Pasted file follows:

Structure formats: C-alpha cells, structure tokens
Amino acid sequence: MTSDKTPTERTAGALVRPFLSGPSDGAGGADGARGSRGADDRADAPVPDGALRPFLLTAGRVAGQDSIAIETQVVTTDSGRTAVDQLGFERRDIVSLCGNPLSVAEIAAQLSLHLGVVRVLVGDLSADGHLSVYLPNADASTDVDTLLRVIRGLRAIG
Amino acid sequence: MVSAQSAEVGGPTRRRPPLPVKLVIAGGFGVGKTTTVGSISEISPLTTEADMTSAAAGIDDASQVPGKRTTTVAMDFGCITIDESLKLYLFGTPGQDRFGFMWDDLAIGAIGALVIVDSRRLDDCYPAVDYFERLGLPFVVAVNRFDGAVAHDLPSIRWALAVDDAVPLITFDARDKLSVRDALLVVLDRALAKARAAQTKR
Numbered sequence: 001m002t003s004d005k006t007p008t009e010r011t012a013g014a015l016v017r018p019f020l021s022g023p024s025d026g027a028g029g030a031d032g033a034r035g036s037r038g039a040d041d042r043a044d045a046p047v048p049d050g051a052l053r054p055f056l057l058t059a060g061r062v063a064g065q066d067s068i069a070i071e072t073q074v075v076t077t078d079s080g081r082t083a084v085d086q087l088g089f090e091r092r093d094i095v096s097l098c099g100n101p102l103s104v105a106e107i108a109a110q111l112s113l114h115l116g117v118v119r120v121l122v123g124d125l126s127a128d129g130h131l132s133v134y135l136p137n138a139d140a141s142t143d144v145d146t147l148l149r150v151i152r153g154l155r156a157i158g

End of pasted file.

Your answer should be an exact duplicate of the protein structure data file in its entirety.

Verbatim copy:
Structure formats: C-alpha cells, structure tokens
Amino acid sequence: MTSDKTPTERTAGALVRPFLSGPSDGAGGADGARGSRGADDRADAPVPDGALRPFLLTAGRVAGQDSIAIETQVVTTDSGRTAVDQLGFERRDIVSLCGNPLSVAEIAAQLSLHLGVVRVLVGDLSADGHLSVYLPNADASTDVDTLLRVIRGLRAIG
Amino acid sequence: MVSAQSAEVGGPTRRRPPLPVKLVIAGGFGVGKTTTVGSISEISPLTTEADMTSAAAGIDDASQVPGKRTTTVAMDFGCITIDESLKLYLFGTPGQDRFGFMWDDLAIGAIGALVIVDSRRLDDCYPAVDYFERLGLPFVVAVNRFDGAVAHDLPSIRWALAVDDAVPLITFDARDKLSVRDALLVVLDRALAKARAAQTKR
Numbered sequence: 001m002t003s004d005k006t007p008t009e010r011t012a013g014a015l016v017r018p019f020l021s022g023p024s025d026g027a028g029g030a031d032g033a034r035g036s037r038g039a040d041d042r043a044d045a046p047v048p049d050g051a052l053r054p055f056l057l058t059a060g061r062v063a064g065q066d067s068i069a070i071e072t073q074v075v076t077t078d079s080g081r082t083a084v085d086q087l088g089f090e091r092r093d094i095v096s097l098c099g100n101p102l103s104v105a106e107i108a109a110q111l112s113l114h115l116g117v118v119r120v121l122v123g124d125l126s127a128d129g130h131l132s133v134y135l136p137n138a139d140a141s142t143d144v145d146t147l148l149r150v151i152r153g154l155r156a157i158g